Very well thought out. I like the little details like mask-wearing Noble Accusers and the physical ordeals. Love to see someone go through the Ordeal of Water and have some river nymph swim down to protect them. Go to Comment
I think I saw, many a year ago, a Discovery Channel special about potential genetically-altered races. They of course didn't go into the culture of them, which I do appreciate about this one. But yeah, the tough thing about sci-fi is that there's not a lot of "Ctrl-X, Ctrl-Y" ideas that you can have with a lot of detail, since good sci-fi is multifacted and unified. It's a nice sub, though, altogether. Go to Comment
A very interesting revolutionary. Only two real complaints: 1) the name Mently Wave does absolutely nothing for me, and 2) a few grammatical errors/awkward sentences in the post. The concept, however, is fascinating. Good work. Go to Comment
This unusual scabbard is made of fine crystal, being perfectly clear so as to show the blade, but is also incredibly sturdy. The scabbard is gilt with platinum on the edges and chape, and a gold inlay on the throat. It is well known to keep swords in perfect condition, even cleaning rust, dirt, and gore from any blade inserted into it. The scabbard is also enchanted to be fully adjustable, fitting anything from the smallest arthame to the broadest of zweihanders.
Unfortunately, as a user of the scabbard will quickly discover, the blade is nearly impossible to remove. The scabbard is somewhat self-aware, and it loves keeping things in mint condition. Any attempts to remove a sword from the scabbard will be met with firm resistance. Furthermore, if and when a sword is forcibly removed, it will immidiately lose its luster, a thick layer of rust consuming the steel. Depending on the quality of the metal, the blade could be permenantly damaged. Go to Comment
Toejuice is not a drink for the faint of heart or stomach. A thick drink, it is brewed in a fashion similar to mead. During the fermentation process, various fungi are added to the mixture and ferment themselves. The results vary according to what fungi are added when; being a folk drink from varying parts, there is no one recipe. As such, one is advised to be cautious in selecting a brewer to purchase from: using the wrong fungi can result in bad trips, severe illness, or death.
Though the myriad communities that manufacture toejuice disagree, the beverage was probably discovered by the woodsmen of Andrelil Forest. Rain almost constantly falls in Andrelil, creating a rich diversity of fungi. The namesake of toejuice likely comes from the fact that the most popular fungi used is found growing from the bottom of trees where it is easily trod upon by passerby. Go to Comment
117. A brick.
118. A very large woman's brazziere.
119. A set of carved soapstone animals. They are very well made, but you've never seen animals that look like these.
120. A wooden binder that is filled with coins from many different countries and time periods. It must be someone's collection.
121. A waterskin filled with (presumably once alive) minnows and goldfish.
122. Twenty or so flyers. They are religious tracts condemning the local faith in favor of some new cult.
123. A small lap dulcimer with all its strings. It is badly out of tune.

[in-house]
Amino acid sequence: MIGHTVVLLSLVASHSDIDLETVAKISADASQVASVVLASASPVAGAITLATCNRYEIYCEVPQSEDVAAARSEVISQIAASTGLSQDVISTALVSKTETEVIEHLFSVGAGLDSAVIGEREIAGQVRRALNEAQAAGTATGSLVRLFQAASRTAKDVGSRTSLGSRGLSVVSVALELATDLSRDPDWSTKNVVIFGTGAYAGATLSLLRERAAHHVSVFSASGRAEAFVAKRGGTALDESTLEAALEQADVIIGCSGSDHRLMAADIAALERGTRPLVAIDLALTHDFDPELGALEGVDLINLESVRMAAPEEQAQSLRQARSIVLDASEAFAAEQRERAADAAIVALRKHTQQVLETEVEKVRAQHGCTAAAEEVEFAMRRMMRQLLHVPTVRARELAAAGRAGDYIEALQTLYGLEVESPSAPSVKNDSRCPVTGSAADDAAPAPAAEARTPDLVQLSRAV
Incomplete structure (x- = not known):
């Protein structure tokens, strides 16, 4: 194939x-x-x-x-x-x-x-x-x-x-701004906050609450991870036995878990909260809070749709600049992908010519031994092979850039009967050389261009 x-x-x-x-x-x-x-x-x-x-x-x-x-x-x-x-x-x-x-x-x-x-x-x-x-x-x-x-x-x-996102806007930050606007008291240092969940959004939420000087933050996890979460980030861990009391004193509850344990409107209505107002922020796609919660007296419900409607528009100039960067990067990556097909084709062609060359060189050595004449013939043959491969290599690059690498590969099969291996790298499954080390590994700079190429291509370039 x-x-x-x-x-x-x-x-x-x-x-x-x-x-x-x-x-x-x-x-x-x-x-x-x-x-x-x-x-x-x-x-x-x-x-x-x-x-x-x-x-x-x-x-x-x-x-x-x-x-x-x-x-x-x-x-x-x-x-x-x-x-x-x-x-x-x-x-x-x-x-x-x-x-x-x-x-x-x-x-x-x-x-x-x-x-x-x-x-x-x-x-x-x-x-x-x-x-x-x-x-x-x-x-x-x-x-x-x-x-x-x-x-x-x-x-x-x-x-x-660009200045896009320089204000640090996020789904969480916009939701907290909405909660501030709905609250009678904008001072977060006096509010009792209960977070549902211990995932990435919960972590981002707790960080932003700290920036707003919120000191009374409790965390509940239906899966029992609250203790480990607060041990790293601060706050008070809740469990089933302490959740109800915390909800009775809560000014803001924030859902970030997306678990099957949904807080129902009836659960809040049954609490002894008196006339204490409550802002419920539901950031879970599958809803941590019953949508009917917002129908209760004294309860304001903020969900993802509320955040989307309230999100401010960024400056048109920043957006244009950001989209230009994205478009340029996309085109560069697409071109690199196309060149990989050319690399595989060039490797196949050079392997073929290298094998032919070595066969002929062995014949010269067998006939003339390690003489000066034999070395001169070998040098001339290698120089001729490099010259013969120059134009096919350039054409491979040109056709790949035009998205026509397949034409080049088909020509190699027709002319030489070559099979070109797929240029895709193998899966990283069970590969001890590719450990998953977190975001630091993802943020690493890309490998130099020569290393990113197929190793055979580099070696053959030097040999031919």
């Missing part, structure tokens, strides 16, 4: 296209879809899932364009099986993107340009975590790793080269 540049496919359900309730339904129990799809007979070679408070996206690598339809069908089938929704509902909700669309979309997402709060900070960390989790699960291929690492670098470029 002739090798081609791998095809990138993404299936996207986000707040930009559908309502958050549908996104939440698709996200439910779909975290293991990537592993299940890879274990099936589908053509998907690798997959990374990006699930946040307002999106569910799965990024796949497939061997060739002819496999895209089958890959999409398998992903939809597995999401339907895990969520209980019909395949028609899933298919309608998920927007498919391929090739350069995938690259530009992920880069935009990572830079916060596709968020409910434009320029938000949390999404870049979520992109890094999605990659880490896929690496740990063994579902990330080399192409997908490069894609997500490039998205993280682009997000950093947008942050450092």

124. A hat made from some furry animal's hide. You look ridiculous wearing it.
125. A physician's handbook with diagrams of skeletal, muscular, and organ systems. Nearly every page has handwritten notes on it. Go to Comment
This is a great little plotline. While specific to the Firefly universe, there's no reason it couldn't be adapted to fit other sci-fi universes (e.g., Old Leatherbeat is an Old Republic general who went into hiding when the Empire came into power). But the lovely little details make me want to keep it a Firefly plot. Go to Comment
The now-bankrupt Wu Jyu Zheng Industries was famous for their unconventional designs and systems formats that were incompatible with most other hardware. Though it turned out to be the downfall of the corporation, an entire underground industry grew around providing third-party parts, software, and systems for WJZ ships. The most successful and popular of these is the J-419 combat vessel, known to most as the Barracuda.
The ship's nickname comes from its narrow, sleek design and distinctive hull pattern, which consists of overlapping metal scales. Designed as a fighter, it is well endowed with 2 twin laser cannons, twin torpedo tubes, chaff countermeasures, and a point-defense laser system that can target incoming warheads. The standard package targeting system software is surprisingly thorough, though many pilots prefer their own customized versions. Designed for a pilot and gunner, the ships are easily adaptable for smuggling and even light freight at the expense of weaponry.
The real downfall of the Barracuda is its lack of defense. The hull plating is sturdy, but lacks efficient heat dispersion. The scaled armor is designed to shed individual scales when they take enough damage, but that system often malfuctions, sometimes causing the scales to overheat and explode. The deflector shield is distressingly weak, often the butt of jokes by pilots. Heat sinking is also a problem, though a number of third-party engineers provide better dispersion systems. The Barracuda does have the advantage of being very swift and manueverable, but its flight control systems are less than intuitive; many pilots who refit their Barracudas change the flight systems first as a rule. Go to Comment